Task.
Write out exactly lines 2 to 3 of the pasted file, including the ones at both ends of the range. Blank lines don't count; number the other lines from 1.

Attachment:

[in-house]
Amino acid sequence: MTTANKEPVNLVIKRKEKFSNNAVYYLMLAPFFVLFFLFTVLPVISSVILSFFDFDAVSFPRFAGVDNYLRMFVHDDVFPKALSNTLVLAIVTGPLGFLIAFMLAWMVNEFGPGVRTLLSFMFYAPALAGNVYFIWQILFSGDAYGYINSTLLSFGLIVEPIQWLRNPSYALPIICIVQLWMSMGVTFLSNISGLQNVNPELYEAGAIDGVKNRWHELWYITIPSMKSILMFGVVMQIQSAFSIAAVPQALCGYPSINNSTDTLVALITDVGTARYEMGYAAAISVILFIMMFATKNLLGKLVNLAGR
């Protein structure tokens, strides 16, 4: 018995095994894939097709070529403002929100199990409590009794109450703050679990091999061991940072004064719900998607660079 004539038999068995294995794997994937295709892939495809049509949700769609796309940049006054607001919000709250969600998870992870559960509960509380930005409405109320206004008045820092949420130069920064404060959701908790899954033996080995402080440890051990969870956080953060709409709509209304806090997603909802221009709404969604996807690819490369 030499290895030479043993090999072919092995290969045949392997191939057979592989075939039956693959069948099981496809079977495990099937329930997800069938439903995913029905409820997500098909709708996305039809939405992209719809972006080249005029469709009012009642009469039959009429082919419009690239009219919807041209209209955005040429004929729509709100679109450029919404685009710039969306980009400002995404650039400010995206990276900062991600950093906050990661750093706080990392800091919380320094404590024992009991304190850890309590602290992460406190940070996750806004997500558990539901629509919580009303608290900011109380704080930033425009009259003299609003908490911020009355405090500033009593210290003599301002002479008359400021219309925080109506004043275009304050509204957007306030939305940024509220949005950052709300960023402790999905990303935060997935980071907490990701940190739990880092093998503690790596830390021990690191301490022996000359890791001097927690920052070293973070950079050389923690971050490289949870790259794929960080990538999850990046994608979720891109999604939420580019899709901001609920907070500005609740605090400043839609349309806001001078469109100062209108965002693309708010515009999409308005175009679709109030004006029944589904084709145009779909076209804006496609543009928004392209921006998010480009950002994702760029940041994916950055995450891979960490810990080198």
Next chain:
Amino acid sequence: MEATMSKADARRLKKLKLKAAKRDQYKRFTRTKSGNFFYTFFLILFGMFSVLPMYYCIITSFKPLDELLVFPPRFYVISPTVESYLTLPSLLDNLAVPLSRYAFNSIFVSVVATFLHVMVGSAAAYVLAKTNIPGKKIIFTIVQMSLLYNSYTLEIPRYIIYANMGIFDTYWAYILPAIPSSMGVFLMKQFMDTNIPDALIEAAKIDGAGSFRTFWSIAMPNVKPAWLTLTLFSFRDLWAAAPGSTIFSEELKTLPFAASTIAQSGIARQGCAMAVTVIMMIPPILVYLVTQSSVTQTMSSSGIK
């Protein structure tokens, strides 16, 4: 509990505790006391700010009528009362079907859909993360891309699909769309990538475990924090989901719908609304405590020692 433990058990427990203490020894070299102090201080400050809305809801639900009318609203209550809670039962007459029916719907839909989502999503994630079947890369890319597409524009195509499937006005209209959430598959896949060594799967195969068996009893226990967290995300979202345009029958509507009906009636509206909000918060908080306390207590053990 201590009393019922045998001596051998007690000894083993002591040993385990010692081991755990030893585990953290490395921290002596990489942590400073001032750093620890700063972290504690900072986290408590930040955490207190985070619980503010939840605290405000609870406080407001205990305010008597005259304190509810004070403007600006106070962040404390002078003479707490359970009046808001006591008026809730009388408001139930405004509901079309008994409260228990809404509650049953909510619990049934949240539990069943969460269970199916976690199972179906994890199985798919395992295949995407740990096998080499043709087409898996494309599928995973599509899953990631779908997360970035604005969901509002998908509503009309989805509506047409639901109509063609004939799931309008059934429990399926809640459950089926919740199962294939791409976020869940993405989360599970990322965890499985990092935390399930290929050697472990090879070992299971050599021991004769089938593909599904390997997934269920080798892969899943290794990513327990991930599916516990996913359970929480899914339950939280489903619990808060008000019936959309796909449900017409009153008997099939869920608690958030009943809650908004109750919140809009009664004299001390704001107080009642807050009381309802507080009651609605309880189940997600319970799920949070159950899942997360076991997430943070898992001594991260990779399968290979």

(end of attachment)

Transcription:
Amino acid sequence: MTTANKEPVNLVIKRKEKFSNNAVYYLMLAPFFVLFFLFTVLPVISSVILSFFDFDAVSFPRFAGVDNYLRMFVHDDVFPKALSNTLVLAIVTGPLGFLIAFMLAWMVNEFGPGVRTLLSFMFYAPALAGNVYFIWQILFSGDAYGYINSTLLSFGLIVEPIQWLRNPSYALPIICIVQLWMSMGVTFLSNISGLQNVNPELYEAGAIDGVKNRWHELWYITIPSMKSILMFGVVMQIQSAFSIAAVPQALCGYPSINNSTDTLVALITDVGTARYEMGYAAAISVILFIMMFATKNLLGKLVNLAGR
């Protein structure tokens, strides 16, 4: 018995095994894939097709070529403002929100199990409590009794109450703050679990091999061991940072004064719900998607660079 004539038999068995294995794997994937295709892939495809049509949700769609796309940049006054607001919000709250969600998870992870559960509960509380930005409405109320206004008045820092949420130069920064404060959701908790899954033996080995402080440890051990969870956080953060709409709509209304806090997603909802221009709404969604996807690819490369 030499290895030479043993090999072919092995290969045949392997191939057979592989075939039956693959069948099981496809079977495990099937329930997800069938439903995913029905409820997500098909709708996305039809939405992209719809972006080249005029469709009012009642009469039959009429082919419009690239009219919807041209209209955005040429004929729509709100679109450029919404685009710039969306980009400002995404650039400010995206990276900062991600950093906050990661750093706080990392800091919380320094404590024992009991304190850890309590602290992460406190940070996750806004997500558990539901629509919580009303608290900011109380704080930033425009009259003299609003908490911020009355405090500033009593210290003599301002002479008359400021219309925080109506004043275009304050509204957007306030939305940024509220949005950052709300960023402790999905990303935060997935980071907490990701940190739990880092093998503690790596830390021990690191301490022996000359890791001097927690920052070293973070950079050389923690971050490289949870790259794929960080990538999850990046994608979720891109999604939420580019899709901001609920907070500005609740605090400043839609349309806001001078469109100062209108965002693309708010515009999409308005175009679709109030004006029944589904084709145009779909076209804006496609543009928004392209921006998010480009950002994702760029940041994916950055995450891979960490810990080198």